MANY innovations in mental hospitals over the last ten years have been accompanied by a reevaluation of almost all aspects of traditional hospital practice. Some studies have indicated that people seek admission to mental hospitals not primarily because of their mental disorder, but on the basis of factors in their social living situations, etc.2,3,5,6 On this basis the traditional assumption that the admitting doctor's judgments of the state of the patient's illness determines admission or nonadmission to a mental hospital has been questioned.7 In fact, the standards for admission to any mental hospital are seldom explicit and even when stated, they sometimes appear to bear little relationship to the actual admission procedures. This confusion about admission policies appears to have contributed to the lack of differentiation of the levels at which social and intrapsychic variables operate.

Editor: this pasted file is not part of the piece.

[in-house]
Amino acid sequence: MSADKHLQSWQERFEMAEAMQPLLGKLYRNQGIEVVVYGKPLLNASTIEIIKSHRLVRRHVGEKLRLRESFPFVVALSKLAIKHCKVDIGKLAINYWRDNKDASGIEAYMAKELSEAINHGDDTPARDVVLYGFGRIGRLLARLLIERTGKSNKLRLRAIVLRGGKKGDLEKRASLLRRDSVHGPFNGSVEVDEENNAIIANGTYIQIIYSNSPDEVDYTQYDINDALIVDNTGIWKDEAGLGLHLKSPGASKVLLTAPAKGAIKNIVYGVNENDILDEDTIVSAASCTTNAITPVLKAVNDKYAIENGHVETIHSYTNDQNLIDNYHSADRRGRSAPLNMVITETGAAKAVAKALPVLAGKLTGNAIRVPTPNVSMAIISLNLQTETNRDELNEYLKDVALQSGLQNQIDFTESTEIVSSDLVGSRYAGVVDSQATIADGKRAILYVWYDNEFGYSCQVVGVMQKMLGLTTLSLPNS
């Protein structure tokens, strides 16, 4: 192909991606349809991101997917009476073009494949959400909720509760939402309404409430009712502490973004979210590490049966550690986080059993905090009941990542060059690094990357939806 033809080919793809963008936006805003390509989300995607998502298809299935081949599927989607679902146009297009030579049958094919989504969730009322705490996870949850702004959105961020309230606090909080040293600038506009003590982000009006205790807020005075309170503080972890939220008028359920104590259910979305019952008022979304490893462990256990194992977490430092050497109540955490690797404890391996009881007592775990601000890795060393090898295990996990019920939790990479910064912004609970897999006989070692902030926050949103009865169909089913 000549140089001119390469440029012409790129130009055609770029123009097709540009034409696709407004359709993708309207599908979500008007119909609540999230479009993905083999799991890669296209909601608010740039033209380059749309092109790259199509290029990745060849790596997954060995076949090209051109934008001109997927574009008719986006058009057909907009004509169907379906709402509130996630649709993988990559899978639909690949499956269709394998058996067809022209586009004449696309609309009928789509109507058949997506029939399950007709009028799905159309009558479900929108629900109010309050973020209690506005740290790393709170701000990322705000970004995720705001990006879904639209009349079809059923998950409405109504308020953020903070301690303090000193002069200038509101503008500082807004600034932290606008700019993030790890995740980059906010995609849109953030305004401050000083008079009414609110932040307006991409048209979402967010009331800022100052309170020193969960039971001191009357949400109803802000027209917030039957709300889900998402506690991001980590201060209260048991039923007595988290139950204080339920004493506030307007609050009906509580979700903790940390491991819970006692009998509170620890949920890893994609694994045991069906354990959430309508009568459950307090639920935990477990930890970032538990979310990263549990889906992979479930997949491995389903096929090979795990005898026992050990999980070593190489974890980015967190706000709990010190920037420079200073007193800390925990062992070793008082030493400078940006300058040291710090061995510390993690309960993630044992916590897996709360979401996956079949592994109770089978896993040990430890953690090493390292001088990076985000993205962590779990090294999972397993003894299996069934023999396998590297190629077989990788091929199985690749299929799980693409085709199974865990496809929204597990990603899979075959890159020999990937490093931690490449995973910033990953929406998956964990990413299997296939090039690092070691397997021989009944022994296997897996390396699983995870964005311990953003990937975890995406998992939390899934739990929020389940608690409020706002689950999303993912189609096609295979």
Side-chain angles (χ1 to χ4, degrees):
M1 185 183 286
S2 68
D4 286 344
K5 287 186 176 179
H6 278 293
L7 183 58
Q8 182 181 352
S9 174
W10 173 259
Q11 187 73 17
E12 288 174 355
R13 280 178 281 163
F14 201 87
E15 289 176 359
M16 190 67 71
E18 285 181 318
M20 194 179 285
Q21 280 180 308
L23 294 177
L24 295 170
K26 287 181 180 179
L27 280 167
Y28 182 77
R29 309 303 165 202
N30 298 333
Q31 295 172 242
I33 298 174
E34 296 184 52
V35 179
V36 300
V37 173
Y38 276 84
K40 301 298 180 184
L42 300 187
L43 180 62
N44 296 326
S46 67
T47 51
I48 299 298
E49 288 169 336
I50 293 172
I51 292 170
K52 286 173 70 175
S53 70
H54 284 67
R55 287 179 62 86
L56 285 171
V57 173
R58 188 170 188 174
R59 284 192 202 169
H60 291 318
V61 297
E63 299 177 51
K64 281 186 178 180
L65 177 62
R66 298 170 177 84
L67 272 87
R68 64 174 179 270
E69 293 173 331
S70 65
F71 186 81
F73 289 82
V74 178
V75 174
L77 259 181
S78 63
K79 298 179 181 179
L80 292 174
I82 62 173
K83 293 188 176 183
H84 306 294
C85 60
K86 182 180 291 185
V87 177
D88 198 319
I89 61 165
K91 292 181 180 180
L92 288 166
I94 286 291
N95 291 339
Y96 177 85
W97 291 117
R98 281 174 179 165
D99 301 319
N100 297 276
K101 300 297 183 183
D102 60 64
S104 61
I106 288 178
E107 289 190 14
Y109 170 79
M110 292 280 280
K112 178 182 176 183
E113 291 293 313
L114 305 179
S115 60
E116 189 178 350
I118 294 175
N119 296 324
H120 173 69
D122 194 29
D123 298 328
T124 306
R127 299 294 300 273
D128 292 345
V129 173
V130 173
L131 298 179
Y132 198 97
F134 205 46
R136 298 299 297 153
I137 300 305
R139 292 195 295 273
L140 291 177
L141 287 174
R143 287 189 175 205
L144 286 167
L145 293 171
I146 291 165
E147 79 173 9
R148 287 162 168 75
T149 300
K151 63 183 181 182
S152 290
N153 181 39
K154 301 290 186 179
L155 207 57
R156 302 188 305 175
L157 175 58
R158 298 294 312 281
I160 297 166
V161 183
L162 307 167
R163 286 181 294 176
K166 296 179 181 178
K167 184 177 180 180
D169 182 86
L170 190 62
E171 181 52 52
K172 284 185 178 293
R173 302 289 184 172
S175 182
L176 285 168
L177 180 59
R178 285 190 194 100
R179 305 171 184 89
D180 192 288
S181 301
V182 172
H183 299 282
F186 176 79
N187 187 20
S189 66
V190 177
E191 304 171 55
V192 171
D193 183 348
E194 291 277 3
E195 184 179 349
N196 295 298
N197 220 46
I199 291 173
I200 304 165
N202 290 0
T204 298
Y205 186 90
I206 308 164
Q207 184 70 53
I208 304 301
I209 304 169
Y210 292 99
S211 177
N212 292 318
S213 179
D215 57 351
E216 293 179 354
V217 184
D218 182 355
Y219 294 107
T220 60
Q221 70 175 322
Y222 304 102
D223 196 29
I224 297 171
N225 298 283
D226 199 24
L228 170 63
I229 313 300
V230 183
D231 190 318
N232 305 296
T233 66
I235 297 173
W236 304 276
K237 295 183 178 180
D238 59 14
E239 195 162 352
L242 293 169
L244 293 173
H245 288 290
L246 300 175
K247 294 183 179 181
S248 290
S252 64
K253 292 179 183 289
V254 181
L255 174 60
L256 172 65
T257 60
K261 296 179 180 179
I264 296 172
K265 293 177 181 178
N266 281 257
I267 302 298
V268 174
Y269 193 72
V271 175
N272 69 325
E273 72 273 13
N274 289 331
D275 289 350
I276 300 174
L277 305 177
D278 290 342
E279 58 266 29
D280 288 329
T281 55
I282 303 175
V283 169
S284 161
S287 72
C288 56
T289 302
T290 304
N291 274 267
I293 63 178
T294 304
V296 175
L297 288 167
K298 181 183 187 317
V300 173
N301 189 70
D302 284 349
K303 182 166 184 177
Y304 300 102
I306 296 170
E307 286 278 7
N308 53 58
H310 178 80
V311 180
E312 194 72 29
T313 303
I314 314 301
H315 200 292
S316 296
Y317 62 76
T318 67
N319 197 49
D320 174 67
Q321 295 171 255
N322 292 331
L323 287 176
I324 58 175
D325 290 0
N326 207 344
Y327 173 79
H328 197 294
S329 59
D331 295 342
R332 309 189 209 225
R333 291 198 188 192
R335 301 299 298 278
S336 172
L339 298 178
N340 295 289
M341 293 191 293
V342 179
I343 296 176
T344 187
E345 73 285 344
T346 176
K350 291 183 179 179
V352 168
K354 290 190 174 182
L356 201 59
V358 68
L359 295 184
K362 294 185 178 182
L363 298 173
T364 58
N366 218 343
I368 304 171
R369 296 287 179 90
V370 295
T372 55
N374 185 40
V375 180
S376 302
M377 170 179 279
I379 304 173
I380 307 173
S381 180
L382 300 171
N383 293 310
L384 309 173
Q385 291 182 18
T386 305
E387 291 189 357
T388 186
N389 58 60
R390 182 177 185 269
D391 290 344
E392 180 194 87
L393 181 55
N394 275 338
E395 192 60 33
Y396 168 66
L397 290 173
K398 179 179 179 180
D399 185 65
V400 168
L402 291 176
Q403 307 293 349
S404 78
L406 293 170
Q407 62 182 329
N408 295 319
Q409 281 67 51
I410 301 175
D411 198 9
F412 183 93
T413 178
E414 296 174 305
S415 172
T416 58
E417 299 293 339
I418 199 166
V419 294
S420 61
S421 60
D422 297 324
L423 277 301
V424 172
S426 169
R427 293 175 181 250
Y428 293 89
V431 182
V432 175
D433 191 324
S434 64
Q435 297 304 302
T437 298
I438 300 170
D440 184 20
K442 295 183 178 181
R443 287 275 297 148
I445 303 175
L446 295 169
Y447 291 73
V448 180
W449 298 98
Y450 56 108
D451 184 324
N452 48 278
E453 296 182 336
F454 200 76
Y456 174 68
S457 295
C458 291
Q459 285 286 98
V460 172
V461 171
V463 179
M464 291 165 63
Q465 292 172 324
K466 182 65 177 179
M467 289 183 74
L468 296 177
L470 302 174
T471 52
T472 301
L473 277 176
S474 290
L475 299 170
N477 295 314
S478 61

This study compares the effectiveness of sev
JONES NF, KAHN MW, LANGSLEY DG. Prediction of Admission to a Psychiatric Hospital. Arch Gen Psychiatry. 1965;12(6):607–610. doi:10.1001/archpsyc.1965.01720360079013